· Apr 26, 2023 2m read

Removing large files from the repository history

Git stores complete history - meaning you would never lose your files, even if they are deleted, they are still available. That, however, presents an issue if large or sensitive files have been committed. Deleting them DOES NOT remove them from history. Recently one of the repos I work on became unexpectedly large, so here's how you can resolve that:

  1. Check repo files. If there are large files - well, here are your suspects, but if there's nothing large in the repo itself, check the pack files .git\objects\pack. In my case, the packfile was ~1gb (99.9% of the repo size). It means that a large object was committed into a repo and then deleted - which still leaves it in the pack files.
  2. Listed all repo objects by size:
git rev-list --objects --all |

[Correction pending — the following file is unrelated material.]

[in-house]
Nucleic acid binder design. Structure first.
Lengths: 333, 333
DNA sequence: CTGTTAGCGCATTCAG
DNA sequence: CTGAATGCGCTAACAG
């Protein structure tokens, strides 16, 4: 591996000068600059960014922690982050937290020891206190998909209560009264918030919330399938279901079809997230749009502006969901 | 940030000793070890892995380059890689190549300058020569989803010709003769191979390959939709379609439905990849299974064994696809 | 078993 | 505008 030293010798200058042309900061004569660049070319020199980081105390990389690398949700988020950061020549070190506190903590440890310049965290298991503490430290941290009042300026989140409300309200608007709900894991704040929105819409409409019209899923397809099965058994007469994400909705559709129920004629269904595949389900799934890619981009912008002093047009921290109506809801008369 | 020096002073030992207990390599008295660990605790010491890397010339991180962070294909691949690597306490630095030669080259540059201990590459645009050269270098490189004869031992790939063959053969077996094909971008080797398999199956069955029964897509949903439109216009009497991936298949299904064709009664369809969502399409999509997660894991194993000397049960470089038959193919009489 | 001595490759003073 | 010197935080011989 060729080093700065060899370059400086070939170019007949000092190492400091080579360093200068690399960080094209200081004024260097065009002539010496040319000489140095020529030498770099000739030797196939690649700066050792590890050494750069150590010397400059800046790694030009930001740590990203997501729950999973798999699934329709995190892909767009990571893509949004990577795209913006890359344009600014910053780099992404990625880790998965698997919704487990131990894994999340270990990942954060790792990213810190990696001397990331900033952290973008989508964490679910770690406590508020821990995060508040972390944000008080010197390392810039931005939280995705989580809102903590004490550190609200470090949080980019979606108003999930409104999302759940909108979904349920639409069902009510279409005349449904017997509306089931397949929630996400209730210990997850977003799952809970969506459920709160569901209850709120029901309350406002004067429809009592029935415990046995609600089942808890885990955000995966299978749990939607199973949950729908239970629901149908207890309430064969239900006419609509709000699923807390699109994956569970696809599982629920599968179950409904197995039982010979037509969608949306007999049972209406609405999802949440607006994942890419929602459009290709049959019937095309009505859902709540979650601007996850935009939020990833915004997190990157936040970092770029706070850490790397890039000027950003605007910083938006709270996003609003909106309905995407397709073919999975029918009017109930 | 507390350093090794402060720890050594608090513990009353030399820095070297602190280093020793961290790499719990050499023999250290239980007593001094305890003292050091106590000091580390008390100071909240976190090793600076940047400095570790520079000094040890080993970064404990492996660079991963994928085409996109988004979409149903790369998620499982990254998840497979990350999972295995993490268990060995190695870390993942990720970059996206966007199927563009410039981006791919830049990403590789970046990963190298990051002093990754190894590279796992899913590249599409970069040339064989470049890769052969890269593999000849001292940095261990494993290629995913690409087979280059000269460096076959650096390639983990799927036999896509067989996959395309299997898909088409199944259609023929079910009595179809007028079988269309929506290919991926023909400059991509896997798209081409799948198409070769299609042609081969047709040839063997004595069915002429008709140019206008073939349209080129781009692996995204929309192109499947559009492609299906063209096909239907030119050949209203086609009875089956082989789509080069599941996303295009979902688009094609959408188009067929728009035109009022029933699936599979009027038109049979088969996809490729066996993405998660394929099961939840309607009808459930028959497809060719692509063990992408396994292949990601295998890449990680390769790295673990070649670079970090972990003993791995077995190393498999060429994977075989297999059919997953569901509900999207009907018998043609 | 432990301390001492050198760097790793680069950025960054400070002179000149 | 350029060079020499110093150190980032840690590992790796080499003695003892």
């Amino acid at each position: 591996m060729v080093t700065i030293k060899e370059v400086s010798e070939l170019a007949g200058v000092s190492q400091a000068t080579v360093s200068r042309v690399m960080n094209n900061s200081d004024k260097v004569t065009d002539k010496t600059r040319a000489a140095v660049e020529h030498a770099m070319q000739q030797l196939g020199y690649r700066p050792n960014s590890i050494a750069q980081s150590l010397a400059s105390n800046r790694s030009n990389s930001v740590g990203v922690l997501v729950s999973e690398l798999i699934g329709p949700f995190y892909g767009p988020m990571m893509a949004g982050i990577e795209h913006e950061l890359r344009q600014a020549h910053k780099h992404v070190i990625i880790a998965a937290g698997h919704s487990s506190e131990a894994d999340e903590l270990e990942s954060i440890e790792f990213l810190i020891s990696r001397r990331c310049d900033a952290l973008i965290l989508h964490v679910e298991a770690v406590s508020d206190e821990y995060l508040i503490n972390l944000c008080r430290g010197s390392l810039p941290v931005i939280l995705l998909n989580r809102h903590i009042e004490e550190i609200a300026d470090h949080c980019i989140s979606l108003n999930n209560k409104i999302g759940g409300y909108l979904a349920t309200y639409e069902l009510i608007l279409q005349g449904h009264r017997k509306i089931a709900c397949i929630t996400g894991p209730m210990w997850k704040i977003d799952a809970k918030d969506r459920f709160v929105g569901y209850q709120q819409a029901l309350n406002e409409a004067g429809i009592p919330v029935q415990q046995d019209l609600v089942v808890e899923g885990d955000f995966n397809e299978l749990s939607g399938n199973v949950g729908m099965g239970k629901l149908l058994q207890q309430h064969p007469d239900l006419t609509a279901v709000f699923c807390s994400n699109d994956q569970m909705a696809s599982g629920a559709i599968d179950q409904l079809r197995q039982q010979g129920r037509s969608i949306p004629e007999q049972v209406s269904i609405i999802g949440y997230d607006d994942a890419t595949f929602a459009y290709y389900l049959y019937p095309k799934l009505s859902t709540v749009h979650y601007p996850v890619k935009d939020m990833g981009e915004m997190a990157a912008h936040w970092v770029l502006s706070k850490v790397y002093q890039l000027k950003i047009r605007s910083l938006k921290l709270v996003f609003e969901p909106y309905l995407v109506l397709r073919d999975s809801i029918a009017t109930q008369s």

git cat-file --batch-check='%(objecttype) %(objectname) %(objectsize) %(rest)' |
  sed -n 's/^blob //p' |
  sort --numeric-sort --key=2 |
  cut -c 1-12,41- |
  $(command -v gnumfmt || echo numfmt) --field=2 --to=iec-i --suffix=B --padding=7 --round=nearest

Which returned one large file:

4c23d572ae62  963MiB docker/irishealth-2022.

Probably IRIS image was accidentally committed (and later deleted) - but was left in the repo history.

  1. Searched for commits affecting the image file: git log --all --full-history -- "*irishealth-2022.*"


commit abc
Date:   Thu Apr 20 10:47:46 2023

    Remove iris image

commit xyz
Date:   Thu Apr 20 10:07:12 2023

    Fix bug
  1. Using a GitHub search, I found the affected branch.
  2. As the commit was in one branch only (not merged into the main branch, etc.) and so not deployed to prod, rewriting history was deemed ok.
  3. Ran pepo cleaner to remove large files from history.
  4. Force-pushed new history.
  5. Cloned the repo again, and the operation was completed in under a minute.

After doing this, every developer working on a repo needs to clone the repository again.

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